Make ’em Laugh, Make ’em Cry: Emotional Writing

downloadA while back, I had the opportunity to see a live theatre production of Steel Magnolias. Many of you will be familiar with the film version made in the 1989 starring Sally Field. In a nutshell, the play is about six Southern women, and their love, support and friendship for each other.

The play is very funny, funnier than I remember the movie being. In Truvy’s hair salon, a lot of barbed remarks are directed at husbands and ex-husbands. Much of the humor is provided by the two oldest members of the cast, two old friends played in the movie by Shirley MacLaine and Olympia Dukakis. We come to know Shirley as a grouch with a heart of gold.

But under the humor, tragedy lurks. Sally Field’s daughter, a character we grow to love, (played in the movie by Julia Roberts) eventually dies from complications from diabetes. In one riveting, emotional scene of the play, the Sally Field character rails against the unfairness of her daughter’s death. She tells the others how cheated she feels, how angry. She screams that she doesn’t understand any of it. “I just want to hit someone,” she cries.

At this point Olympia Dukakis grabs Shirley MacLaine and thrusts her in front of the distraught Sally Field. “Here! Hit her! You’ll feel much better!” I was literally laughing through my tears, along with the rest of the audience.

Writing with that kind of emotion, the kind that takes a reader from the depths of despair to the heights of giddiness, is what I’m striving to do. Novels that make me feel a myriad of emotions are the ones I enjoy the most.  It’s the emotion in a novel that hooks the reader and creates empathy between her and your story. Here’s some tips on bringing emotion to our writing:

–          Emotion arises from the plot. Are the consequences high enough if the hero and heroine don’t succeed in their quest? To ramp up the emotions of fear and apprehension, something very important must be at stake for the characters. The outcome must be crucial. In my novel SEEING THINGS a kidnapped boy’s life is in jeopardy if David and Leah don’t find him.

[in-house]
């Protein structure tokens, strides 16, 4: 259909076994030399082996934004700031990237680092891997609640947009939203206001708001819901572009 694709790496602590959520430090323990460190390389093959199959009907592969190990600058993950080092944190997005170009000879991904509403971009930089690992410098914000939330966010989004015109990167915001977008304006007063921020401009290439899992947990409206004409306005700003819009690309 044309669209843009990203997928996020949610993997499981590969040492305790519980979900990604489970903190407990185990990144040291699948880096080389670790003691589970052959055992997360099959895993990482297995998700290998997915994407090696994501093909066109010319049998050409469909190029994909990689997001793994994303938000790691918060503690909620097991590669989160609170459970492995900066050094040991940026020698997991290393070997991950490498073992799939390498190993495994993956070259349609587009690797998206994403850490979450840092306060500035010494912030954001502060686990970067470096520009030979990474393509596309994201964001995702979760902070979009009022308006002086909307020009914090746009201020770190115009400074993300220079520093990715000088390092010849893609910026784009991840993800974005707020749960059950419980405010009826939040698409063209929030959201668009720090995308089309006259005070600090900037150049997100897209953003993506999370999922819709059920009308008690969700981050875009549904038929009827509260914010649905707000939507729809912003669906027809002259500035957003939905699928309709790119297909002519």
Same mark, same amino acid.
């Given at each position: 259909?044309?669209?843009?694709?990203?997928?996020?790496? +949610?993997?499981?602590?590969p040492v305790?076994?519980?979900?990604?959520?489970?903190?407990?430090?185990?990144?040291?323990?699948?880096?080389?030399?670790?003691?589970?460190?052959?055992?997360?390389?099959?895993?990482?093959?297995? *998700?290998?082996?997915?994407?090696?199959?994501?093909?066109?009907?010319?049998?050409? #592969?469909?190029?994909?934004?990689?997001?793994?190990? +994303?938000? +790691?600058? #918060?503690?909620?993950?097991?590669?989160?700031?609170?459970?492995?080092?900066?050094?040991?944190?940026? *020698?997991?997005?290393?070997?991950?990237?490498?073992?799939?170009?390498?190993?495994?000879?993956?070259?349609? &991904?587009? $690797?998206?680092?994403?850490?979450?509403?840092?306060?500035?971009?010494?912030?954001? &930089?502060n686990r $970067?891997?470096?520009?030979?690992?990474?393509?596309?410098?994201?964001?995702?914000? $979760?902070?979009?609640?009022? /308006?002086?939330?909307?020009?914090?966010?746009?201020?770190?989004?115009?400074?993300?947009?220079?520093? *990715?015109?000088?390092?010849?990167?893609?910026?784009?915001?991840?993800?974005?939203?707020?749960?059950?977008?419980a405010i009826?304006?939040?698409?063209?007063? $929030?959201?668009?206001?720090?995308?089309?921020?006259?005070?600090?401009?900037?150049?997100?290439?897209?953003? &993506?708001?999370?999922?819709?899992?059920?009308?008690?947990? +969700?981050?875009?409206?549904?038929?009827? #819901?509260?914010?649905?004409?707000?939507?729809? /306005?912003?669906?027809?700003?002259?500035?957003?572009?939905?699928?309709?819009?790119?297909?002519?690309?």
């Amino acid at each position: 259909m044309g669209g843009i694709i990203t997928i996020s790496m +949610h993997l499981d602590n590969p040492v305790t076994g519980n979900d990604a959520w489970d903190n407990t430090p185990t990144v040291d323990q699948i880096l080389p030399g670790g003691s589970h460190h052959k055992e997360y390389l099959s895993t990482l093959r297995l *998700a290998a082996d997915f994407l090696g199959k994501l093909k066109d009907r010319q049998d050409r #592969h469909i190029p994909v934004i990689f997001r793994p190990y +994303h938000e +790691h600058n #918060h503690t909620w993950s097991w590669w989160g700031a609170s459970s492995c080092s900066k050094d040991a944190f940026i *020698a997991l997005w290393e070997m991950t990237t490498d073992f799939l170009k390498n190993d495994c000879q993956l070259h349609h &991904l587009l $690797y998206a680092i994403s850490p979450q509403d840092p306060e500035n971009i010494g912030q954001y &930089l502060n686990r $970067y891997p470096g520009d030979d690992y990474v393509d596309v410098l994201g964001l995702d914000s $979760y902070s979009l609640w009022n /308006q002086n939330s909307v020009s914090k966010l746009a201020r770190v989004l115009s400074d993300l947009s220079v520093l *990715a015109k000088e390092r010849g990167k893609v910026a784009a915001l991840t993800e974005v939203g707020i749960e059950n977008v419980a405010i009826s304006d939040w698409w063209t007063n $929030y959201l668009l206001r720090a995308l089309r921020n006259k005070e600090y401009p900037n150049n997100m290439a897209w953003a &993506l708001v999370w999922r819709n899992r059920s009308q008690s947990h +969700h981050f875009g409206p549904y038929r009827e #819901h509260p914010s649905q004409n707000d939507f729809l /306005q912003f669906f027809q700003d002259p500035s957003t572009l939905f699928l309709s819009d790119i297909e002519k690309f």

–          The hero/heroine must face an epic struggle. If there is a serious problem but it is easily sorted out, no one’s going to care. But if the characters must struggle against the bad guys, each other, at times and even themselves, you’ll build empathy with readers. They’ll feel the characters’ sorrow when they lose, and their joy when they win.

–          There must be passion. The characters must be passionate about what they’re doing.  If they care, the reader will care. In FOREVER BLUE by Suzanne Brockman, Blue McCoy is being framed for his step-brother’s murder. Blue desperately seeks to uncover the truth of his brother’s death, not only to exonerate himself, but to seek justice for the brother he loved.

–          Use atmosphere to create emotion. Mood can create emotion. For example, an abandoned house, a stormy night, oppressive weather can all create apprehension in the reader.

–          Use the senses to create or heighten emotion. Have your characters see, hear, touch, taste, smell everything in their world so the reader can experience those feelings as well.